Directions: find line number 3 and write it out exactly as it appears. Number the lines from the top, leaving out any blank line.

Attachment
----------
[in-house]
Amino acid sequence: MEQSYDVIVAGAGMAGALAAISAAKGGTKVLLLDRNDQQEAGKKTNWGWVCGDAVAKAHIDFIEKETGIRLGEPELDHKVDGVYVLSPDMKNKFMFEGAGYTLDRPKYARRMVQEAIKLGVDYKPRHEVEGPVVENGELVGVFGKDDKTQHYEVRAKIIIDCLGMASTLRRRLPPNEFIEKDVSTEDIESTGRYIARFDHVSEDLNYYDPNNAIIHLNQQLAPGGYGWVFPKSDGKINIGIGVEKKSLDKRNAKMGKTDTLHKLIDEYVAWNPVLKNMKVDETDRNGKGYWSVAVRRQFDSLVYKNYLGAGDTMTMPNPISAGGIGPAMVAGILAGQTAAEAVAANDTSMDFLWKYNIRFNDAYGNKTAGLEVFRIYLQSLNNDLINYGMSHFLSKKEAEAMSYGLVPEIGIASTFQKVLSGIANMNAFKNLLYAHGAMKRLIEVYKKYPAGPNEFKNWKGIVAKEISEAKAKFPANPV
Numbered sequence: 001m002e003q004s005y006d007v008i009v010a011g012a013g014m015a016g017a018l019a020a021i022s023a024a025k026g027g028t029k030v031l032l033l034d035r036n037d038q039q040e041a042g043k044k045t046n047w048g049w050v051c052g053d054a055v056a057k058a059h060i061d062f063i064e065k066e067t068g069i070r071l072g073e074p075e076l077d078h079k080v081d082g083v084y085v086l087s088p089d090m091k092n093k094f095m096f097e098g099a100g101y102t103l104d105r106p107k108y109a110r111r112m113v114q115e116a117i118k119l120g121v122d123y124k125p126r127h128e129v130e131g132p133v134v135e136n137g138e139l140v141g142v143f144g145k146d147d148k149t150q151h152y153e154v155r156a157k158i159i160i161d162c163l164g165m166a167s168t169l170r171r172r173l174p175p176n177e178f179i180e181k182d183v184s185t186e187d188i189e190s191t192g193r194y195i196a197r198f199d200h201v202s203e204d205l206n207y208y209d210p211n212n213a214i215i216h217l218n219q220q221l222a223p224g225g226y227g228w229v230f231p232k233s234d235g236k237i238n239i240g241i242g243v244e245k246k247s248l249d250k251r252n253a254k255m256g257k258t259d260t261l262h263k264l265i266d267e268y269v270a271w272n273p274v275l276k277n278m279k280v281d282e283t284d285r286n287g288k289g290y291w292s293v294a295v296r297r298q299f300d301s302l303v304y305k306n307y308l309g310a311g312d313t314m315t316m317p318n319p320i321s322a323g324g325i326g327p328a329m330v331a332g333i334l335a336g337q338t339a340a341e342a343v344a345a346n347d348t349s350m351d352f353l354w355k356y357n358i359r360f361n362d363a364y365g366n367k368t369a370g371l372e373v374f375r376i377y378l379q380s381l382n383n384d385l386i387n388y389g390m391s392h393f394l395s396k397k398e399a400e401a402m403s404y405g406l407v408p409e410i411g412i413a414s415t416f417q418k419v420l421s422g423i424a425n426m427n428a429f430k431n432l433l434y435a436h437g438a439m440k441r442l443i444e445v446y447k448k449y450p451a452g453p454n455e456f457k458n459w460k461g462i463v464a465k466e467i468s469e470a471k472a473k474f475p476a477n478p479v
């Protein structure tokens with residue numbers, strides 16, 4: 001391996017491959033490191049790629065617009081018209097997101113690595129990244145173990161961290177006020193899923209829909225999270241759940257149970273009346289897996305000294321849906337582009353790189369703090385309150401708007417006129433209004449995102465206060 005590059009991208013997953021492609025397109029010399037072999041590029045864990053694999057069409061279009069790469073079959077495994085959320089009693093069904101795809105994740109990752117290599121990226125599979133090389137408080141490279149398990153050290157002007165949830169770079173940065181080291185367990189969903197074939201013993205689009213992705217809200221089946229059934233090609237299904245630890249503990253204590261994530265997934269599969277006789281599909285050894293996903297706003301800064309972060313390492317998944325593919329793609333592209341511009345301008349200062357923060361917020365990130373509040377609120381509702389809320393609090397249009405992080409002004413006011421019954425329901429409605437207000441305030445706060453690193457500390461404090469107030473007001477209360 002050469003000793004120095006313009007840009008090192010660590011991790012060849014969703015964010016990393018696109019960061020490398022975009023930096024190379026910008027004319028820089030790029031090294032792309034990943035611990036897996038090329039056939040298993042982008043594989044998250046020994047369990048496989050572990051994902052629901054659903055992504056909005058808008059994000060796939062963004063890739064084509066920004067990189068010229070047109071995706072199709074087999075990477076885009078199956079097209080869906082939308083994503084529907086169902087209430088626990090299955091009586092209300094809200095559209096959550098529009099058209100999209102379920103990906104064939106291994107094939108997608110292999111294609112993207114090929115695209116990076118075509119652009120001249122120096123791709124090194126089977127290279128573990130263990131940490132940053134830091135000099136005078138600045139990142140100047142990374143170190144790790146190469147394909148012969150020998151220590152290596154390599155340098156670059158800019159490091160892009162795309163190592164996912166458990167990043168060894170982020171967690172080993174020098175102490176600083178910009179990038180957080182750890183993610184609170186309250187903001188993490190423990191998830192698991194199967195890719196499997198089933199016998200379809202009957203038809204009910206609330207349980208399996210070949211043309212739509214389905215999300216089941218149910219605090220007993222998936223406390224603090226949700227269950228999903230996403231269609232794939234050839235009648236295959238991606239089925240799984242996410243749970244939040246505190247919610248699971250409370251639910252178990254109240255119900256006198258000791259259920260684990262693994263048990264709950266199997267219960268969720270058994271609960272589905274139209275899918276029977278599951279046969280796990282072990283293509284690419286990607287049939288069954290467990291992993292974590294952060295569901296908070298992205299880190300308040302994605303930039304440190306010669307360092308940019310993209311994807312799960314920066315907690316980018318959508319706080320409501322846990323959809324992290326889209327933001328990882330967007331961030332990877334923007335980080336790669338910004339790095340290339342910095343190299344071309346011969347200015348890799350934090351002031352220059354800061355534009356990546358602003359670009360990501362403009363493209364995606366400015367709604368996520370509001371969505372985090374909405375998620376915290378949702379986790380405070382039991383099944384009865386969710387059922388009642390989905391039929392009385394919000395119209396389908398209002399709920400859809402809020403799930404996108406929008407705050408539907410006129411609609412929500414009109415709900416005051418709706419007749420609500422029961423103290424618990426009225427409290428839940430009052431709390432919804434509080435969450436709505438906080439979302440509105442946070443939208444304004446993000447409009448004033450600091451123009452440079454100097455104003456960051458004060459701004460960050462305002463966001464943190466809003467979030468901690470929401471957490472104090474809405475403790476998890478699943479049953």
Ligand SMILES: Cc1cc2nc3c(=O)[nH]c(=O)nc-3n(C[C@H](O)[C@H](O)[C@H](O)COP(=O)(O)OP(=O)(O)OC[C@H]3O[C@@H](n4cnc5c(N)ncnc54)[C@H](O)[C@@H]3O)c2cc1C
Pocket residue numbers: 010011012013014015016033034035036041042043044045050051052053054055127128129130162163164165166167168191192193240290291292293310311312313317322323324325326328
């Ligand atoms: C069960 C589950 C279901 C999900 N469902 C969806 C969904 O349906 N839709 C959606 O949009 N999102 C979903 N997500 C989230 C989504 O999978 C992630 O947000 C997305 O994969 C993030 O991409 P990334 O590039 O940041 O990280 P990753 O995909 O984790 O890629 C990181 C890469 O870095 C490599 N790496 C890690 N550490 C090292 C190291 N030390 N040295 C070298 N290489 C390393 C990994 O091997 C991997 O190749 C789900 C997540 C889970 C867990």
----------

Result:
Numbered sequence: 001m002e003q004s005y006d007v008i009v010a011g012a013g014m015a016g017a018l019a020a021i022s023a024a025k026g027g028t029k030v031l032l033l034d035r036n037d038q039q040e041a042g043k044k045t046n047w048g049w050v051c052g053d054a055v056a057k058a059h060i061d062f063i064e065k066e067t068g069i070r071l072g073e074p075e076l077d078h079k080v081d082g083v084y085v086l087s088p089d090m091k092n093k094f095m096f097e098g099a100g101y102t103l104d105r106p107k108y109a110r111r112m113v114q115e116a117i118k119l120g121v122d123y124k125p126r127h128e129v130e131g132p133v134v135e136n137g138e139l140v141g142v143f144g145k146d147d148k149t150q151h152y153e154v155r156a157k158i159i160i161d162c163l164g165m166a167s168t169l170r171r172r173l174p175p176n177e178f179i180e181k182d183v184s185t186e187d188i189e190s191t192g193r194y195i196a197r198f199d200h201v202s203e204d205l206n207y208y209d210p211n212n213a214i215i216h217l218n219q220q221l222a223p224g225g226y227g228w229v230f231p232k233s234d235g236k237i238n239i240g241i242g243v244e245k246k247s248l249d250k251r252n253a254k255m256g257k258t259d260t261l262h263k264l265i266d267e268y269v270a271w272n273p274v275l276k277n278m279k280v281d282e283t284d285r286n287g288k289g290y291w292s293v294a295v296r297r298q299f300d301s302l303v304y305k306n307y308l309g310a311g312d313t314m315t316m317p318n319p320i321s322a323g324g325i326g327p328a329m330v331a332g333i334l335a336g337q338t339a340a341e342a343v344a345a346n347d348t349s350m351d352f353l354w355k356y357n358i359r360f361n362d363a364y365g366n367k368t369a370g371l372e373v374f375r376i377y378l379q380s381l382n383n384d385l386i387n388y389g390m391s392h393f394l395s396k397k398e399a400e401a402m403s404y405g406l407v408p409e410i411g412i413a414s415t416f417q418k419v420l421s422g423i424a425n426m427n428a429f430k431n432l433l434y435a436h437g438a439m440k441r442l443i444e445v446y447k448k449y450p451a452g453p454n455e456f457k458n459w460k461g462i463v464a465k466e467i468s469e470a471k472a473k474f475p476a477n478p479v